The ANP System is the ideal way to optimise processes. Using a fixed pair of reagents, we can inject a larger volume through a single manual loading step, and release the reagent gradually to perform a series of automated experiments probing different process parameters, such as the total flow rate and flow rate ratio. We can also explore different chip designs and mixing geometries, to determine the most effective way to produce particles from the formulation identified by ALiS.
Once the optimal formulation and process have been identified, the ANP System enables customers to operate continuously. Instead of loading samples into sample loops and releasing them in small increments, we can directly pump larger volumes through our microfluidic chips to produce tens of litres of particles daily.
ALiS is the only platform combining automation and high throughput screening that is specifically designed for lipid nanoparticles (LNPs), which have proved to be promising vehicles in the delivery of therapeutics. Why did you choose to focus on LNPs when designing your technology? What other advantages do your platforms provide for users?
Lipid nanoparticles have made tremendous progress in recent years, with a significant focus on their development for COVID vaccines. FDA-approved drugs and vaccines now use these lipid nanoparticles, which is the result of years of development.
Since the early 2010s, our microfluidics devices have been used to prepare lipid, polymer, hybrid and carbohydrate nanoparticles, as well as various other materials.
However, lipid nanoparticles have been our customers' primary focus, and have contributed significantly to scientific research. Our systems are designed to work effectively with different material types, although lipid nanoparticles are an excellent formulation tool.
You showcased these platforms at SLAS 2023, an international exhibition bringing together researchers and industry professionals to highlight new advancements in the life sciences. How important are in-person conferences and exhibitions like SLAS in accelerating innovation?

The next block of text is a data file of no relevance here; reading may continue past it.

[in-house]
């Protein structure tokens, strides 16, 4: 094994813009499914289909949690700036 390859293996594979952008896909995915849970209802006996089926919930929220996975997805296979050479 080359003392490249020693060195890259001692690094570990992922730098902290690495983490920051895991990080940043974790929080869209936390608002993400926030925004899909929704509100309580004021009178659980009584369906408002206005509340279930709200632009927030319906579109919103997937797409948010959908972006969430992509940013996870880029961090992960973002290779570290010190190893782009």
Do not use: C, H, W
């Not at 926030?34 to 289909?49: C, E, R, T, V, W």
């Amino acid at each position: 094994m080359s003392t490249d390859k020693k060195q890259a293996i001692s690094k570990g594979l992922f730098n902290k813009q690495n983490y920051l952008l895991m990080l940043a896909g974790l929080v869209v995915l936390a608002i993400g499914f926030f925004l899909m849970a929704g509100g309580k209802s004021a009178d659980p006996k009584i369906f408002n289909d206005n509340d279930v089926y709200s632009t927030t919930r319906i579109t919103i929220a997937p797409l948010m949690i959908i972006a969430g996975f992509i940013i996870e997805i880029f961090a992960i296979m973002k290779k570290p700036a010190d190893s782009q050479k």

We highly value in-person conferences. Although we did our best with hybrid-type conferences during the COVID-19 pandemic, speaking to larger numbers of people at in-person events is more valuable. It allows us to engage directly with potential customers, collaborators and other industry peers. It is an excellent networking event, and has been very beneficial for us.
We received a lot of interest at our booth, resulting in many interesting conversations for potential partnerships.
We love working collaboratively, so engaging and figuring out how we might work with others in this space to provide better offerings to researchers is fantastic.
With the COVID-19 pandemic catapulting mRNA-based therapeutics into the limelight, how do you see the field of drug discovery evolving over the next 10 years, and what role do you believe particle technologies will play in this?
Over the last 10 years, we have made significant strides in enhancing the specific performance characteristics required of lipid nanoparticles for effective drug delivery to the body.
Currently, we are in the early stages of developing nanomedicines. We can deliver advancements in the complexities of biological compounds, and write coded instructions into mRNA strands, enabling us to carry out previously impossible functionalities, leading to a range of genetic medicines and treatments.
The particles used in the delivery mechanism are a critical component, which will continue to grow in complexity and capability as the biological aspects of drugs evolve. As a result, we will see a host of new therapies emerging over the next decade, making it an exciting time for nanomedicine.
Image Credit: thodonal88/Shutterstock.com
What is next for Particle Works? Are you involved in any exciting upcoming projects?
Particle Works is currently developing and preparing to launch our GMP platform, which will align with the ALiS and ANP systems.
The platform will take customers from high throughput screening in early-stage R&D right through to manufacturing, using the same process platform technology. This includes using the same pumps and microfluidic chips, ensuring a seamless transition to manufacturing.
This next step is huge for us, and we look forward to the upcoming conferences and events planned for this year, including those scheduled to take place in Boston and Europe.